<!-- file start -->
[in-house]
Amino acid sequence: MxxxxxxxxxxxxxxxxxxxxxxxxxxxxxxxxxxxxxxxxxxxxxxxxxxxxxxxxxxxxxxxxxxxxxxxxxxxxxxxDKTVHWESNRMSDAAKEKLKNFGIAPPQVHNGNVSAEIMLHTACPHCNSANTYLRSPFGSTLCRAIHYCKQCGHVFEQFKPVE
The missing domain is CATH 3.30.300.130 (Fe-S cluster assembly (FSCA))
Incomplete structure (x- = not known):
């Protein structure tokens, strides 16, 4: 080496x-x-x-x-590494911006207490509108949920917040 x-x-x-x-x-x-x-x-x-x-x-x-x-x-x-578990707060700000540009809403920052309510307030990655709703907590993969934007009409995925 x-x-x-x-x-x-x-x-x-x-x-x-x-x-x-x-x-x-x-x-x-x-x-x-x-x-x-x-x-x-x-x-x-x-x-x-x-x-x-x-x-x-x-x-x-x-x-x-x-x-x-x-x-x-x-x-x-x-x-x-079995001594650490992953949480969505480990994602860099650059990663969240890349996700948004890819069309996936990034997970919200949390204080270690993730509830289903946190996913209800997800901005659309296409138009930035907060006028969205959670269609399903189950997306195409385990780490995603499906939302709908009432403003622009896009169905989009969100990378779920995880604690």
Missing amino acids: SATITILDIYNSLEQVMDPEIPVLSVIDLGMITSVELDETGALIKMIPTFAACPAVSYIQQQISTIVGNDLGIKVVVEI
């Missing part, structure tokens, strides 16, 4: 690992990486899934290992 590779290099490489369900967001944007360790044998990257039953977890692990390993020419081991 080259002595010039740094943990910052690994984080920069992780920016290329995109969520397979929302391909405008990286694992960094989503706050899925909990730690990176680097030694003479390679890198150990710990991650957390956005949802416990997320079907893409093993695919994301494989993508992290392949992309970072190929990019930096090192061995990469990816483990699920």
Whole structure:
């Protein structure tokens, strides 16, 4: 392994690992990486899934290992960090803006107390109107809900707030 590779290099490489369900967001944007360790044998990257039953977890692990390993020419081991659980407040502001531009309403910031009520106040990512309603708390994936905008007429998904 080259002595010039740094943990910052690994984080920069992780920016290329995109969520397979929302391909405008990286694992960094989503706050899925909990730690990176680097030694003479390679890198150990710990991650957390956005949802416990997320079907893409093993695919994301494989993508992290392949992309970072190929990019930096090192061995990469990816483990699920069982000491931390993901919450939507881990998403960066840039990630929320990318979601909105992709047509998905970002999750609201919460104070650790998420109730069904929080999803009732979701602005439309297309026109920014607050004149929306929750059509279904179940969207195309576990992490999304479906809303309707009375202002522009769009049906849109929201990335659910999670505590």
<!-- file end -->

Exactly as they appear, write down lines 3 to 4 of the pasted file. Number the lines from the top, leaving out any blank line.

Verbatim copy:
The missing domain is CATH 3.30.300.130 (Fe-S cluster assembly (FSCA))
Incomplete structure (x- = not known):